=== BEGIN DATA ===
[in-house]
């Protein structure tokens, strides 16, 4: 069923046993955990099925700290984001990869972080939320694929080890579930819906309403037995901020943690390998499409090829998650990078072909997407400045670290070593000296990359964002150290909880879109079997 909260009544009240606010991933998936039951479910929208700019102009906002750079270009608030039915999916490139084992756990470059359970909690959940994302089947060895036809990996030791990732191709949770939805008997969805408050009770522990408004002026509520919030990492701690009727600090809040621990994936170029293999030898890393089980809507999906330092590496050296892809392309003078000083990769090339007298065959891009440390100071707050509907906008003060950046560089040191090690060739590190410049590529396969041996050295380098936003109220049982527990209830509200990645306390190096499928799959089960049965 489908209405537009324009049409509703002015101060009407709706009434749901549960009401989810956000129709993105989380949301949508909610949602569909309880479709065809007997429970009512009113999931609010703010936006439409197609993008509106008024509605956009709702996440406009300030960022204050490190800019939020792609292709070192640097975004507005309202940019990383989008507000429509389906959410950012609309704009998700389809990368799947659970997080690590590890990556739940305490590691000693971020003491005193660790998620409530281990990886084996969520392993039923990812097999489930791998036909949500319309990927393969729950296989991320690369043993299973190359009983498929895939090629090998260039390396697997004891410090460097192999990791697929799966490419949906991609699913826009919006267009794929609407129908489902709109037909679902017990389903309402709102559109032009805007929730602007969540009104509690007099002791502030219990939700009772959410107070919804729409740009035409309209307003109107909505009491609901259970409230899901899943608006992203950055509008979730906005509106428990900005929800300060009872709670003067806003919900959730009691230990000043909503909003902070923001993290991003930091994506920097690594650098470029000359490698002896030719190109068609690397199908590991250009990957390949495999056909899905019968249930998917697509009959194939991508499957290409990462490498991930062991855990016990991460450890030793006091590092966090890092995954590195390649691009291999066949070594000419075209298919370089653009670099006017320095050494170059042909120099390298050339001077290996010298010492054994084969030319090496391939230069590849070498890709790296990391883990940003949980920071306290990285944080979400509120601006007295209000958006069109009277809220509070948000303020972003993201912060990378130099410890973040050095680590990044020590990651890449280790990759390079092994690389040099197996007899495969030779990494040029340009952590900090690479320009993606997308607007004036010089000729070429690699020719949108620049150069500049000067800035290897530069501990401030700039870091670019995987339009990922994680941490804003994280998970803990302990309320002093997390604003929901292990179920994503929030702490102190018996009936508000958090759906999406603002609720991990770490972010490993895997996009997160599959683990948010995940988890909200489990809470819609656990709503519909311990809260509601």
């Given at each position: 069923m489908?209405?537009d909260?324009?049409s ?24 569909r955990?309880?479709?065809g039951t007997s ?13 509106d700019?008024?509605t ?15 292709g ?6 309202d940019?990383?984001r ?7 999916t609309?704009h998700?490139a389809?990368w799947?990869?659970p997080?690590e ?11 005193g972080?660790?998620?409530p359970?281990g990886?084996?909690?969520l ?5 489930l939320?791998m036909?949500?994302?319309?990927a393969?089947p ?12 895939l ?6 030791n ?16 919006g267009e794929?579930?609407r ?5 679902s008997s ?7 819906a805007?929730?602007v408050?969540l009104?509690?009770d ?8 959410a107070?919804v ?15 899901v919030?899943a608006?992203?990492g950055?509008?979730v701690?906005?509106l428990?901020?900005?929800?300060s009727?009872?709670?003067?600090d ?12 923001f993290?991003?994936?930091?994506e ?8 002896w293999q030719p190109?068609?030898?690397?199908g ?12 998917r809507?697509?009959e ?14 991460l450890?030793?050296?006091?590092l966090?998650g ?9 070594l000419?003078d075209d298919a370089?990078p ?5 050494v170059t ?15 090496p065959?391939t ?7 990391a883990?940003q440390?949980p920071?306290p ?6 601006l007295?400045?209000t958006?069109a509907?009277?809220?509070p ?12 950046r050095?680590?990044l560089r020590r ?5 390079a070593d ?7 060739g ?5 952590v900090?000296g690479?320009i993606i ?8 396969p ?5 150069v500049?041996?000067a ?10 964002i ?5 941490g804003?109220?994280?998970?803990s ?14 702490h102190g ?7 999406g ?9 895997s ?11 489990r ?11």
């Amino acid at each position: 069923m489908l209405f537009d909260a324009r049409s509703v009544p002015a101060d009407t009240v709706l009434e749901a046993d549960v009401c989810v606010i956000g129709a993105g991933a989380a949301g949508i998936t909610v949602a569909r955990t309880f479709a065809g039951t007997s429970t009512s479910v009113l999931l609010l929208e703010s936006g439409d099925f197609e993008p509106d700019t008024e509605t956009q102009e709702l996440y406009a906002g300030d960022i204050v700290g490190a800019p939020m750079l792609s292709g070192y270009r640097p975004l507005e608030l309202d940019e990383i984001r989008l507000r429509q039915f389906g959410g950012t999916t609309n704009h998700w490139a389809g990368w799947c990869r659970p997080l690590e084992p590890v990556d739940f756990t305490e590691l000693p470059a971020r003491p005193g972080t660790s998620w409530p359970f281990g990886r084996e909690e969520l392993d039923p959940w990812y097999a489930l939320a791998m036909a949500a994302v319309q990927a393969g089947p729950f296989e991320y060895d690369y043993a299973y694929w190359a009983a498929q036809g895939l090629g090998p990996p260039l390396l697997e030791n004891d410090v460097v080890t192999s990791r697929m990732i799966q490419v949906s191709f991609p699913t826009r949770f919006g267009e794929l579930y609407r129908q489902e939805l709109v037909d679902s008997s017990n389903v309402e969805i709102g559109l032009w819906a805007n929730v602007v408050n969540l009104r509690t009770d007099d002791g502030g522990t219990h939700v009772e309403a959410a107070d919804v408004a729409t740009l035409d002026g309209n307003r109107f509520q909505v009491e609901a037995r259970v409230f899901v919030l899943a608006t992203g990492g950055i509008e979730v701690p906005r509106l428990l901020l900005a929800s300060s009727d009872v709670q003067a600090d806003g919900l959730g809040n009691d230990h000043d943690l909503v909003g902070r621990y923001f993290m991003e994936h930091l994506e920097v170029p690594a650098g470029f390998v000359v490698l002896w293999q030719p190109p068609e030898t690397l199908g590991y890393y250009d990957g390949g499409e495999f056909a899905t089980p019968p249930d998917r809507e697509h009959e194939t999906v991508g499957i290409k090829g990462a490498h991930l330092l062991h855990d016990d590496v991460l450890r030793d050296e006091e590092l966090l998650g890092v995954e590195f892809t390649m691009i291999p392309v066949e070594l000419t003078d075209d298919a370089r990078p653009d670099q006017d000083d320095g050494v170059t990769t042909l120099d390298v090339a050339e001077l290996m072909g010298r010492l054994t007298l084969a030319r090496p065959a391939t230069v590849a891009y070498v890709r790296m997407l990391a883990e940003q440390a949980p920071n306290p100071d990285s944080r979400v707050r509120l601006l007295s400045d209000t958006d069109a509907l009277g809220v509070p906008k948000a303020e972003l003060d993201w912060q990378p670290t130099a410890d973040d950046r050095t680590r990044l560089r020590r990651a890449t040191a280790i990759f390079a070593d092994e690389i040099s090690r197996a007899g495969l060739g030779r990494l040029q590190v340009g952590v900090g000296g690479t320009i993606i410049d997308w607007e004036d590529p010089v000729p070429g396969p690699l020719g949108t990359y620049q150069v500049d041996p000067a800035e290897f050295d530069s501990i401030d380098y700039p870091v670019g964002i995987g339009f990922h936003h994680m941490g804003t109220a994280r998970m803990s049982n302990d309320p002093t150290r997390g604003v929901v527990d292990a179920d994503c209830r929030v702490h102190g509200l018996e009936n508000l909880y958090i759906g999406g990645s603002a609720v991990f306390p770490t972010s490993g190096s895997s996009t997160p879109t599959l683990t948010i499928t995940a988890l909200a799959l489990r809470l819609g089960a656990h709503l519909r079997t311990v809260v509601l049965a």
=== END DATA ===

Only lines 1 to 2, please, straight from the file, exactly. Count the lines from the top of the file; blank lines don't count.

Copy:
[in-house]
């Protein structure tokens, strides 16, 4: 069923046993955990099925700290984001990869972080939320694929080890579930819906309403037995901020943690390998499409090829998650990078072909997407400045670290070593000296990359964002150290909880879109079997 909260009544009240606010991933998936039951479910929208700019102009906002750079270009608030039915999916490139084992756990470059359970909690959940994302089947060895036809990996030791990732191709949770939805008997969805408050009770522990408004002026509520919030990492701690009727600090809040621990994936170029293999030898890393089980809507999906330092590496050296892809392309003078000083990769090339007298065959891009440390100071707050509907906008003060950046560089040191090690060739590190410049590529396969041996050295380098936003109220049982527990209830509200990645306390190096499928799959089960049965 489908209405537009324009049409509703002015101060009407709706009434749901549960009401989810956000129709993105989380949301949508909610949602569909309880479709065809007997429970009512009113999931609010703010936006439409197609993008509106008024509605956009709702996440406009300030960022204050490190800019939020792609292709070192640097975004507005309202940019990383989008507000429509389906959410950012609309704009998700389809990368799947659970997080690590590890990556739940305490590691000693971020003491005193660790998620409530281990990886084996969520392993039923990812097999489930791998036909949500319309990927393969729950296989991320690369043993299973190359009983498929895939090629090998260039390396697997004891410090460097192999990791697929799966490419949906991609699913826009919006267009794929609407129908489902709109037909679902017990389903309402709102559109032009805007929730602007969540009104509690007099002791502030219990939700009772959410107070919804729409740009035409309209307003109107909505009491609901259970409230899901899943608006992203950055509008979730906005509106428990900005929800300060009872709670003067806003919900959730009691230990000043909503909003902070923001993290991003930091994506920097690594650098470029000359490698002896030719190109068609690397199908590991250009990957390949495999056909899905019968249930998917697509009959194939991508499957290409990462490498991930062991855990016990991460450890030793006091590092966090890092995954590195390649691009291999066949070594000419075209298919370089653009670099006017320095050494170059042909120099390298050339001077290996010298010492054994084969030319090496391939230069590849070498890709790296990391883990940003949980920071306290990285944080979400509120601006007295209000958006069109009277809220509070948000303020972003993201912060990378130099410890973040050095680590990044020590990651890449280790990759390079092994690389040099197996007899495969030779990494040029340009952590900090690479320009993606997308607007004036010089000729070429690699020719949108620049150069500049000067800035290897530069501990401030700039870091670019995987339009990922994680941490804003994280998970803990302990309320002093997390604003929901292990179920994503929030702490102190018996009936508000958090759906999406603002609720991990770490972010490993895997996009997160599959683990948010995940988890909200489990809470819609656990709503519909311990809260509601």